Moreover, the high and life-long expenses only start when you bring home these adorable blue English Bulldog puppies.
Here’s a breakdown of the maintenance costs (both yearly and monthly) in keeping a blue English Bulldog as a pet:
When it comes to food, you want to make sure you give them the best quality kibble and treats. Some owners will go the extra mile to give their blue Bulldogs unique diet plans which can cost them more.
Blue English Bulldogs may not have a thick and long coat just like other breeds, but they still need to visit professional groomers regularly. It will keep your dog’s skin and coat healthy and clean.
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Places to Find Blue English Bulldog Puppies for Sale and Adoption
Once you’ve decided to add a blue English Bulldog puppy into your family, it’s time to find the nearest animal rescue facility or a reliable breeder in your local neighborhood.
To help you get started, here’s a list of reputable rare-colored Bulldog breeders in the United States if you’re planning to buy premium puppies:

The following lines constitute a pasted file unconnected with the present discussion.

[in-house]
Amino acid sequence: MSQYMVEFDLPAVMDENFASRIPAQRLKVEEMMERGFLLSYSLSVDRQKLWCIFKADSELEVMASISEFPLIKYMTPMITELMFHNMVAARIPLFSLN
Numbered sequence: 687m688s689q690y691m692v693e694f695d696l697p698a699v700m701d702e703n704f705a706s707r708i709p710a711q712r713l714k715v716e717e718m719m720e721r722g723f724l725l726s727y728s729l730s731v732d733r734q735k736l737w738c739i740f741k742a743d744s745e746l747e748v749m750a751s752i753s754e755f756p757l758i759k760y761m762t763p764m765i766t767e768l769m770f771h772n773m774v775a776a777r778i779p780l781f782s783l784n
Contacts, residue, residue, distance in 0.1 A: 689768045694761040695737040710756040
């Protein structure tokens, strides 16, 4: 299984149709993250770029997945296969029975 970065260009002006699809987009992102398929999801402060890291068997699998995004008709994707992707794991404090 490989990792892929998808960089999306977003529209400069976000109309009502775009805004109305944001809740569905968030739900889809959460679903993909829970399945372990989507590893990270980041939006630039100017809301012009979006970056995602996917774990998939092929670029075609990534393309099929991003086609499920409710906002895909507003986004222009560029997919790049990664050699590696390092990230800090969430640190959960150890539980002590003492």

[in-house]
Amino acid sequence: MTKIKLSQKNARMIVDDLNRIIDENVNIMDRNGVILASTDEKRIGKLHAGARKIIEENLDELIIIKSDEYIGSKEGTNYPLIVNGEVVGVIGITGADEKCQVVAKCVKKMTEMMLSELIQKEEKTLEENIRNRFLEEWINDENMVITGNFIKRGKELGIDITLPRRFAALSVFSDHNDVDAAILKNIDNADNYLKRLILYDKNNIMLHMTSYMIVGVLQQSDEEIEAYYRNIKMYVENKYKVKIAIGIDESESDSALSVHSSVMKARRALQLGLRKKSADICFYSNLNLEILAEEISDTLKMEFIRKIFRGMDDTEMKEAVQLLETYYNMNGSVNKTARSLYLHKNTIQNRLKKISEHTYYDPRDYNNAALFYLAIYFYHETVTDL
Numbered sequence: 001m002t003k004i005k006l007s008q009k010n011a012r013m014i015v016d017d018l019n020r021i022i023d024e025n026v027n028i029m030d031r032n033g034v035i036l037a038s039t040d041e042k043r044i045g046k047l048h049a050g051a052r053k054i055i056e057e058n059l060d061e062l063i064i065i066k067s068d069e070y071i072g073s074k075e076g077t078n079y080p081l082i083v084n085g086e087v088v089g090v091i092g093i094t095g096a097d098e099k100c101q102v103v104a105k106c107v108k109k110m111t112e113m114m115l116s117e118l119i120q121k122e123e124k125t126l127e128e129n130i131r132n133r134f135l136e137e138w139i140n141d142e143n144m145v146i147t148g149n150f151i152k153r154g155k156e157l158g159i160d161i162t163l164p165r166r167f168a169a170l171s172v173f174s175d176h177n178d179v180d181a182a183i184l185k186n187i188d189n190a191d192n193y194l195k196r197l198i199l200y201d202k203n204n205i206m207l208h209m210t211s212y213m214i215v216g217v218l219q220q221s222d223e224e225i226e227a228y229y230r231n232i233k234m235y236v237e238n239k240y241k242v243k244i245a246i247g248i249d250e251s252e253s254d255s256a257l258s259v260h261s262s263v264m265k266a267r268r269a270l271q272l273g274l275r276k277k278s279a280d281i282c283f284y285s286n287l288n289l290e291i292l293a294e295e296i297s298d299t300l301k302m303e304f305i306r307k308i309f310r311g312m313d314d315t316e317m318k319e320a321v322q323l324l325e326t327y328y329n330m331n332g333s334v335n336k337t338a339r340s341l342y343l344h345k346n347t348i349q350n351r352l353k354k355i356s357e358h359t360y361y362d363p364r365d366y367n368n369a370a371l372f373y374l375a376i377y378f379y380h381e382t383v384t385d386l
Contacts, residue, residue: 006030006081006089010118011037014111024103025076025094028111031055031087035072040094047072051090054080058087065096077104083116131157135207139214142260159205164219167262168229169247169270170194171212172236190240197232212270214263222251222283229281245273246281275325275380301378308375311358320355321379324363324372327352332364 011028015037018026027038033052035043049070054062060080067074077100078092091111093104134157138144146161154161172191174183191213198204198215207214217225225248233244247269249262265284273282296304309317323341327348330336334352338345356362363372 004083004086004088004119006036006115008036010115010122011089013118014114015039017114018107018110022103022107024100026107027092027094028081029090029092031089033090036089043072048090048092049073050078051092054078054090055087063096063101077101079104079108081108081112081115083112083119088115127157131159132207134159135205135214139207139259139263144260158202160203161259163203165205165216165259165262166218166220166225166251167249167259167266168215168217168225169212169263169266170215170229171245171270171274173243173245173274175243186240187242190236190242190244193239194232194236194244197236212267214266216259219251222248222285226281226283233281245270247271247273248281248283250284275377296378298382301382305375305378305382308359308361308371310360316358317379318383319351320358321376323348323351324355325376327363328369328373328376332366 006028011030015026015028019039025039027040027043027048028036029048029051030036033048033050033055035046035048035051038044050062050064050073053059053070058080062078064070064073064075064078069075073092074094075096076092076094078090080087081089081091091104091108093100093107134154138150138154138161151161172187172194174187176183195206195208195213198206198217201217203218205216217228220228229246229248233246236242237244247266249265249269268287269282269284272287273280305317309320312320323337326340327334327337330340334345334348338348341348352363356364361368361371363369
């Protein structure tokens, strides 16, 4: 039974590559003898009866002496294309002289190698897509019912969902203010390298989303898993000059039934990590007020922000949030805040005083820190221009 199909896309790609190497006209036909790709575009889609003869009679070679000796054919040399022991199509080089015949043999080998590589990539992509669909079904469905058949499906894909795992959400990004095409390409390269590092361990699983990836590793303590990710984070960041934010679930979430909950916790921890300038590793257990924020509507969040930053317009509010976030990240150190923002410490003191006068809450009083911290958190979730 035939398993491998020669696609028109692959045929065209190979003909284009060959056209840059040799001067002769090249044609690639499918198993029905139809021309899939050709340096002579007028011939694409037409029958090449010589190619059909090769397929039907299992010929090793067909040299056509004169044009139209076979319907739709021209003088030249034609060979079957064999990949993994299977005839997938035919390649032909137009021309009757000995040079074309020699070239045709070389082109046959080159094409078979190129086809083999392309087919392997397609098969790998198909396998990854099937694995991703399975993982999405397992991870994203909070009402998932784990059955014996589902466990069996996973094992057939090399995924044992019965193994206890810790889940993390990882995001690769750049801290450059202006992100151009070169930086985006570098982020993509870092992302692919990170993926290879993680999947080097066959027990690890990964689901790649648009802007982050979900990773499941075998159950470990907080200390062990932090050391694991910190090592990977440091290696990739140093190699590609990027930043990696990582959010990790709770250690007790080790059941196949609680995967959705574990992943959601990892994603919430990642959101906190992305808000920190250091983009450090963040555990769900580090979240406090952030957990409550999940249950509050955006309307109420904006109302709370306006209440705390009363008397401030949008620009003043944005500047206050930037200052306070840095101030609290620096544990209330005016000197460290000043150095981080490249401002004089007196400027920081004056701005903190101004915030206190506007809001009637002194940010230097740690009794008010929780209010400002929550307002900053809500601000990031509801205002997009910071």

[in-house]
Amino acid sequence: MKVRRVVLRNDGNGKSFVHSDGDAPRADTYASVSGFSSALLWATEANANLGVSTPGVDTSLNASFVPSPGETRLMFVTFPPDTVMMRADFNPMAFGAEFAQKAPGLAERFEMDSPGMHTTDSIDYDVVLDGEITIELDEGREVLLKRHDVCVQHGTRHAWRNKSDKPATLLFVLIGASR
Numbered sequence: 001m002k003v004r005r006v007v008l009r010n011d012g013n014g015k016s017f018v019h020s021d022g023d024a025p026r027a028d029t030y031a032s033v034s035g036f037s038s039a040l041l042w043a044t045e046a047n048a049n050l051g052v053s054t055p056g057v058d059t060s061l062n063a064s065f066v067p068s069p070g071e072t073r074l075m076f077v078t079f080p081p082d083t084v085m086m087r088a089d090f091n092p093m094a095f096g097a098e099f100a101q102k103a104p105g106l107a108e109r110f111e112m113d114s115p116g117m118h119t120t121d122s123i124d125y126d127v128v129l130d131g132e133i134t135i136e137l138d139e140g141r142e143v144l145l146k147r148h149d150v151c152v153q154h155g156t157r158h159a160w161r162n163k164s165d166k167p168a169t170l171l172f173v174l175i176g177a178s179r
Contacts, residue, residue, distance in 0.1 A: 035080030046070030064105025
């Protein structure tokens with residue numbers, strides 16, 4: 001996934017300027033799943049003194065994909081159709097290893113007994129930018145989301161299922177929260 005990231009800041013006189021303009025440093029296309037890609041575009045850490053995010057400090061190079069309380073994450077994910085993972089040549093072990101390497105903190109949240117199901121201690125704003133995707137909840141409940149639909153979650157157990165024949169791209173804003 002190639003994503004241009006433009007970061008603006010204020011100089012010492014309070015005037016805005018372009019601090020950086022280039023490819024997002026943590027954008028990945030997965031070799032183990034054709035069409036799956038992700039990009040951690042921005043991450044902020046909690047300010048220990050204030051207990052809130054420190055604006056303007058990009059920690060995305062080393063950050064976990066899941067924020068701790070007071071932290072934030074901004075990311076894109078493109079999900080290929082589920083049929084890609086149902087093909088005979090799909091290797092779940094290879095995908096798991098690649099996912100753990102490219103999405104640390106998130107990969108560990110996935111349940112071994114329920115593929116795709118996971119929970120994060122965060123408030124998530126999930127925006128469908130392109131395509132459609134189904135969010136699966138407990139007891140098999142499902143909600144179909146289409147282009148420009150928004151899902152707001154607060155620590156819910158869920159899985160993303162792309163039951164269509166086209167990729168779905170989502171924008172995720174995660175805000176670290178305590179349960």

- Champ Bulldogs – This reputable rare-colored Bulldog breeder offers top-quality puppies bred from international champion English Bulldogs. To help find a loving family suited for every Bulldog puppy, this breeder requires at least one reference listed on your application who can vouch for your capabilities as a fur parent.
- Rare Bulldogs – Since 1972, this breeder has been specializing in rare-colored Bulldogs such as those with lilac, blue, and chocolate coats. Prospective owners can rely on their expertise in canine color genetics and proper breeding practices. They have the best rare color AKC English Bulldogs fit for you and your family.